The newly restored Great Pagoda at Kew Gardens, replete with fearsome dragons. Built in 1762, it was one of a series of oriental-inspired buildings smattered through these new gardens, though the only one to have stood the test of time.
The dragons are beautiful, colourful, gilded and sparkling, and quite fearsome. On the lowest tier they are intricately carved from wood, 1.8m long, and one at least quite toothsome. Those on the upper levels have been 3D printed, but with no less charm. From the interior they are tricky to see, as they are on the points of the 9 tiers, and offset from the windows, which understandably, are not open. 253 steps from a standing start, if memory and breath serve. That’s my workout for the day.
The views are, as they were on my first ascent, spectacular, a panorama across the whole of south west London. How much more so would this have been in 1762 …. Avenues between the trees radiate from the Pagoda, through the gardens and the wider landscape – Syon House and the Great Conservatory on one axis. Green trees but parched grass delineate these pathways that are less obvious on the ground. And the Cedars of Lebanon – magnificent from above.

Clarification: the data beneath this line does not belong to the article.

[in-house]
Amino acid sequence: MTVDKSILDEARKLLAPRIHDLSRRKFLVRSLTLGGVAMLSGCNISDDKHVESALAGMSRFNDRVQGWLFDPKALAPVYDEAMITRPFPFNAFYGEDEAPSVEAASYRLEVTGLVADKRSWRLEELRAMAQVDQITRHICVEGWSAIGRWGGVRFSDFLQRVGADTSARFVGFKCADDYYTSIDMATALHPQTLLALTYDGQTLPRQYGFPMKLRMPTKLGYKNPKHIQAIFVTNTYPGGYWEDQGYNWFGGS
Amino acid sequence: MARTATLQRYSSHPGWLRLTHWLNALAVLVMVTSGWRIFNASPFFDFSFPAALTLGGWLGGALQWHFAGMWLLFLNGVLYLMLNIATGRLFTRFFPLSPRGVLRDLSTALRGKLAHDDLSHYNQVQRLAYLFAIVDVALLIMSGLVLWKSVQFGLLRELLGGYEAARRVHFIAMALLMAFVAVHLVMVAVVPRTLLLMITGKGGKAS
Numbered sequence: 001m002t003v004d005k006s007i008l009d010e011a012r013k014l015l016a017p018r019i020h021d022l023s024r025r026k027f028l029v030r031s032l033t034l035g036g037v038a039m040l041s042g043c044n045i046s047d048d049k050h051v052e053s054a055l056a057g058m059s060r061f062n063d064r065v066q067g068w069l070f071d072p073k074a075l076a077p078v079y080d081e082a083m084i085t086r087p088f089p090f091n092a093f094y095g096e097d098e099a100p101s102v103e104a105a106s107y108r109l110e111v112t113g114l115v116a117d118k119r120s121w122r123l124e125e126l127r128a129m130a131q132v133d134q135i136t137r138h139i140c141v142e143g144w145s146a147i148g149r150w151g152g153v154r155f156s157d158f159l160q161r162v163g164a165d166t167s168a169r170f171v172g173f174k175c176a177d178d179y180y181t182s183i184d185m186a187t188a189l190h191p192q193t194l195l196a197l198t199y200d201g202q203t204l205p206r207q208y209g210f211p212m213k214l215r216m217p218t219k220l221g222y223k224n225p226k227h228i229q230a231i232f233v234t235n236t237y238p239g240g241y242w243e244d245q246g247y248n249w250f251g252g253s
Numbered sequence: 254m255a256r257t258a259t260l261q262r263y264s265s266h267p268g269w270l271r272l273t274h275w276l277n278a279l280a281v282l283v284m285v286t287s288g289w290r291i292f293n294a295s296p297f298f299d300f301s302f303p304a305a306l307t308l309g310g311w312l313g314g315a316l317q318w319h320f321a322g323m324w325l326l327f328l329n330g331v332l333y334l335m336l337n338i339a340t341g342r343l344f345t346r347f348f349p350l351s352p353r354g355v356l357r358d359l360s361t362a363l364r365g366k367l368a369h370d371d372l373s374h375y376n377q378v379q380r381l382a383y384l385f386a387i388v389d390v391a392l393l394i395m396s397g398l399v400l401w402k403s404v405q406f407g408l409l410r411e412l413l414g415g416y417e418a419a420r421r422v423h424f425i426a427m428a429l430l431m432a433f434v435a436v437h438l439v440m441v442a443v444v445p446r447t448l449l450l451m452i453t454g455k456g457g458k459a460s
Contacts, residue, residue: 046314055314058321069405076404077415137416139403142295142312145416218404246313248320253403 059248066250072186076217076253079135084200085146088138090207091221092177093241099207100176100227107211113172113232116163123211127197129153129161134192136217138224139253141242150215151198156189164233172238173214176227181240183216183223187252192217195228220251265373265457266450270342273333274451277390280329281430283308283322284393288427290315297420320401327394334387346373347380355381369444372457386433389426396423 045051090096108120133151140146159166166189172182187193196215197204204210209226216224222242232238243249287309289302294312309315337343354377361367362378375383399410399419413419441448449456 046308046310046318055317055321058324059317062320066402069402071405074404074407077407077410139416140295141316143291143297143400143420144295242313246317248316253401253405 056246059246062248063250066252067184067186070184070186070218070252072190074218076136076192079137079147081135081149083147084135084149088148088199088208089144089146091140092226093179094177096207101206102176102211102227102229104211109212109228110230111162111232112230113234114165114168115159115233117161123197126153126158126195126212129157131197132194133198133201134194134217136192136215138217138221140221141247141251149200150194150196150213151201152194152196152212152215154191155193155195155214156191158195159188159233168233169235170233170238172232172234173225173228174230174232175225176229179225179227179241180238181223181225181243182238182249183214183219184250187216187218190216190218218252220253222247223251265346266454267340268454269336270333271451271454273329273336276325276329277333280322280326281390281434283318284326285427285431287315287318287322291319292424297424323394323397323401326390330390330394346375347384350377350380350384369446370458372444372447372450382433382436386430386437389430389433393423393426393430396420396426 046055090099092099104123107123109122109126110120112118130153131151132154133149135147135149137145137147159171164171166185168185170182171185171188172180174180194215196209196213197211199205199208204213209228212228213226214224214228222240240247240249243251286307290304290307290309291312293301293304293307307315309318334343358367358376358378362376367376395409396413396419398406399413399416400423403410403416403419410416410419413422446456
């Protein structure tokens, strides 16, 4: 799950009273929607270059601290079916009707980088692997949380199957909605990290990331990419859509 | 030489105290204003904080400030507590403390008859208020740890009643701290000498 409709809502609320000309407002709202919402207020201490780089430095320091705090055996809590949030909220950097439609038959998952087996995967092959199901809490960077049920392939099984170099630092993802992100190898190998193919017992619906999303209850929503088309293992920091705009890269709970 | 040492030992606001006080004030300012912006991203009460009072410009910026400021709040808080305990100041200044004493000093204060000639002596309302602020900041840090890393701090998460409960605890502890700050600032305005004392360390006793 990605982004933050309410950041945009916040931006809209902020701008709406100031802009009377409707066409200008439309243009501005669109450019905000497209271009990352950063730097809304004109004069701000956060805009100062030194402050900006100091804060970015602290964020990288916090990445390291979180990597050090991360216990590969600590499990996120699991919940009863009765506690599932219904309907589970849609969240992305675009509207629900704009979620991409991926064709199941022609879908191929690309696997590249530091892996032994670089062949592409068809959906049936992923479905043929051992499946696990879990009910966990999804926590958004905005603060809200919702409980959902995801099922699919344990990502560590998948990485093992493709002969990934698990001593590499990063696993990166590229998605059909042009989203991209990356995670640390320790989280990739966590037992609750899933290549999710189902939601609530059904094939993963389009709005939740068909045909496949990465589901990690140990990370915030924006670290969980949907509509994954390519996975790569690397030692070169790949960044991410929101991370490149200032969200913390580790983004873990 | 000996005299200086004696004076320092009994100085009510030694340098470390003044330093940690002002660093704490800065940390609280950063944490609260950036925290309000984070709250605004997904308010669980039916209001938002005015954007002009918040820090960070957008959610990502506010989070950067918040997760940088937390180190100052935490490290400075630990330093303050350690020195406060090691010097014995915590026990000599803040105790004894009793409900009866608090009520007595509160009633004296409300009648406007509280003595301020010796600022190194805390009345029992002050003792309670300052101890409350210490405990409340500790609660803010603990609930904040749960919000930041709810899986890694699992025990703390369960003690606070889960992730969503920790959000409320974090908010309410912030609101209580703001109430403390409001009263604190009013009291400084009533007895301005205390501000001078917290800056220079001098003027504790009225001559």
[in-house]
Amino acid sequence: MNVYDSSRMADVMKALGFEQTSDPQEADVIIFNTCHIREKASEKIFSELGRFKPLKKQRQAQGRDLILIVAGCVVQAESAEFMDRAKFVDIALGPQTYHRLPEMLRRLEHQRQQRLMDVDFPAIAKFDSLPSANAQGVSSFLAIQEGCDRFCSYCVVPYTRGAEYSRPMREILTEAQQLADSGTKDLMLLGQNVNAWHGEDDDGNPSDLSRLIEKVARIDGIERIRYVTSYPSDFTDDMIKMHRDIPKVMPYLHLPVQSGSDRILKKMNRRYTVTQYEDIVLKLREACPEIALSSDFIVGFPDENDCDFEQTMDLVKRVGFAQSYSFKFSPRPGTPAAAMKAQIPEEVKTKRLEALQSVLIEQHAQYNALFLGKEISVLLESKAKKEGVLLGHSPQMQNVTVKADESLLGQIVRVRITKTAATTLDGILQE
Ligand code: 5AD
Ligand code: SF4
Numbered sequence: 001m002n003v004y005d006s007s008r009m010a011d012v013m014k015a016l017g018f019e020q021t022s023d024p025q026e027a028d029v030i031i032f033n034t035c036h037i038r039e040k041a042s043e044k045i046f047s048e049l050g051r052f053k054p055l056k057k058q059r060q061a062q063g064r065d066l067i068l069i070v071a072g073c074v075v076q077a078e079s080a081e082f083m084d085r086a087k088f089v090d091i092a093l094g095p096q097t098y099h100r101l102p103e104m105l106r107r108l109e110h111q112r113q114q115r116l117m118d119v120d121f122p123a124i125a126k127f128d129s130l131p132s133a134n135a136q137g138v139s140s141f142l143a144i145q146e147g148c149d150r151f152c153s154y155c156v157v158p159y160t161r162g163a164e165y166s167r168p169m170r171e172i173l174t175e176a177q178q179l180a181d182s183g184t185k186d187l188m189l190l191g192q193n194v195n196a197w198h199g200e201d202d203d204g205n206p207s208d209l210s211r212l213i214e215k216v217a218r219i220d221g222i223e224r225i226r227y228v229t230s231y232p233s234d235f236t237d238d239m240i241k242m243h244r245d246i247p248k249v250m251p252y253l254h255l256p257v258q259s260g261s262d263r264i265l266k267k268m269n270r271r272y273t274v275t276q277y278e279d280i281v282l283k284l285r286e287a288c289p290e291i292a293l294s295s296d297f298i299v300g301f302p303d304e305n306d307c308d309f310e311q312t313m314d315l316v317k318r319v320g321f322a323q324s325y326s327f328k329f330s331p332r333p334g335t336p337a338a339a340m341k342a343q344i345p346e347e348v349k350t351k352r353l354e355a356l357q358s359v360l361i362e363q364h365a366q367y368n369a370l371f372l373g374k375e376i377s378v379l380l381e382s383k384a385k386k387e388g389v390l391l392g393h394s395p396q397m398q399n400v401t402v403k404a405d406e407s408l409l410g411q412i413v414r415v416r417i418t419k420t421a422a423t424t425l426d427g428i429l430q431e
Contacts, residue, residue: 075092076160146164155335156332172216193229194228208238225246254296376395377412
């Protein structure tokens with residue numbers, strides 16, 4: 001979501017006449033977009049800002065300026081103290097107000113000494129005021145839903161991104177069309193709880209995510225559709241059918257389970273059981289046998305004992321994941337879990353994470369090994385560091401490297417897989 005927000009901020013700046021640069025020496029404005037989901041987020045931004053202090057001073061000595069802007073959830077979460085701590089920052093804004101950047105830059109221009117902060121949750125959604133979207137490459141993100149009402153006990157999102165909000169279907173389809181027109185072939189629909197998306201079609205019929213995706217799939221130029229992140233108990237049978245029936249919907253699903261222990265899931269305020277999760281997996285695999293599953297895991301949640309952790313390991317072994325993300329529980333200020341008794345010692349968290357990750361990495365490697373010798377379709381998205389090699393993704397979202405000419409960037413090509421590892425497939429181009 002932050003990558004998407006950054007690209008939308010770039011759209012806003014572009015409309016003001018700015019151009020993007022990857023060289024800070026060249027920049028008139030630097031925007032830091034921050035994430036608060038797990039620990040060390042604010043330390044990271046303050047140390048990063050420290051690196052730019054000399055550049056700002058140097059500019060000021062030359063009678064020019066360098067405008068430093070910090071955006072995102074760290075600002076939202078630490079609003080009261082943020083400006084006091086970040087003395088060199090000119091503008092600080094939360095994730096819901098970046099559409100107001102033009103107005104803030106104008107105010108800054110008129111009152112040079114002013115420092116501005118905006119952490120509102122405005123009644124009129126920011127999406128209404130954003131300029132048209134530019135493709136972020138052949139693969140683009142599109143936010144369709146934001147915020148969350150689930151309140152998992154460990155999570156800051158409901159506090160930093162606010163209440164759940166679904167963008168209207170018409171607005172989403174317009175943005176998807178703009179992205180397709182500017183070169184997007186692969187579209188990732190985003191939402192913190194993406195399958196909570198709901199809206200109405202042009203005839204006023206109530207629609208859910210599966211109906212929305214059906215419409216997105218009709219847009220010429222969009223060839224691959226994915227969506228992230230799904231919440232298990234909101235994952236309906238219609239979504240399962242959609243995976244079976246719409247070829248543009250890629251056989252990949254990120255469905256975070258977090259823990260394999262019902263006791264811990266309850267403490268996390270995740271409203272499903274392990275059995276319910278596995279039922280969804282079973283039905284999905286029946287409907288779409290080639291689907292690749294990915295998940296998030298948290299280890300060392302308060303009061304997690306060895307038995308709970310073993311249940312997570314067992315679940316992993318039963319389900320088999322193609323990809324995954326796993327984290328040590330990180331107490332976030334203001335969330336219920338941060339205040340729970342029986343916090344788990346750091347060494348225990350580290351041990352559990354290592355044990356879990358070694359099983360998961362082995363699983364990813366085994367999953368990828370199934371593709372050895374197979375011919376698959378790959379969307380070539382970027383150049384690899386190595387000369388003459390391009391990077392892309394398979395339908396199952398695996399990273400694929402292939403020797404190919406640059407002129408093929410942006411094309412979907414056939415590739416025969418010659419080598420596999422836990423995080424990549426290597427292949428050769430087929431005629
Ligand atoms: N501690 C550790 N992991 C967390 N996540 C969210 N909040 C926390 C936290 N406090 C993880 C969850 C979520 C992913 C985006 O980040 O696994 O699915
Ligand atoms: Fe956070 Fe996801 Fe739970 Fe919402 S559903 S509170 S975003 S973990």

It is advisable to book in advance – as I learnt yesterday, rocking up sans billet, but went online yesterday evening and got the first booking at 10.30 this morning, and plenty of folk were buying tickets on the door. #4.50 on top of the admission fee, though I am a Friend of Kew and with a near #18 entrance fee, happy to subscribe. A delightful gentleman, in tricorn hat, frock coat, waistcoat, breeches, knee-high socks and buckled shoes – in this heat – managed proceedings.
Here are the rest of the photos …
I visited the Japanese landscape and the Chokushi-mon, as I had a little time before my allotted time-slot in the Pagoda. Such a beautifully planted space, with Japanese forest grass, Hakonechloa, Liriope and Japanese Spurge, Pachysandra terminalis, and Fatsia japonica, Hydrangeas, Japanese Anemones, raked gravel. Just beautiful. In the Spring, with the Azaleas in flower, there is drama, and with the irises too – and a lovely Prunus subhirtella Autumnalis flowering right through the winter months. Inspired planting even now in the height of summer, and the anemones were sparkling under the sprinklers. Hat’s off to the folk for keeping so much so well watered.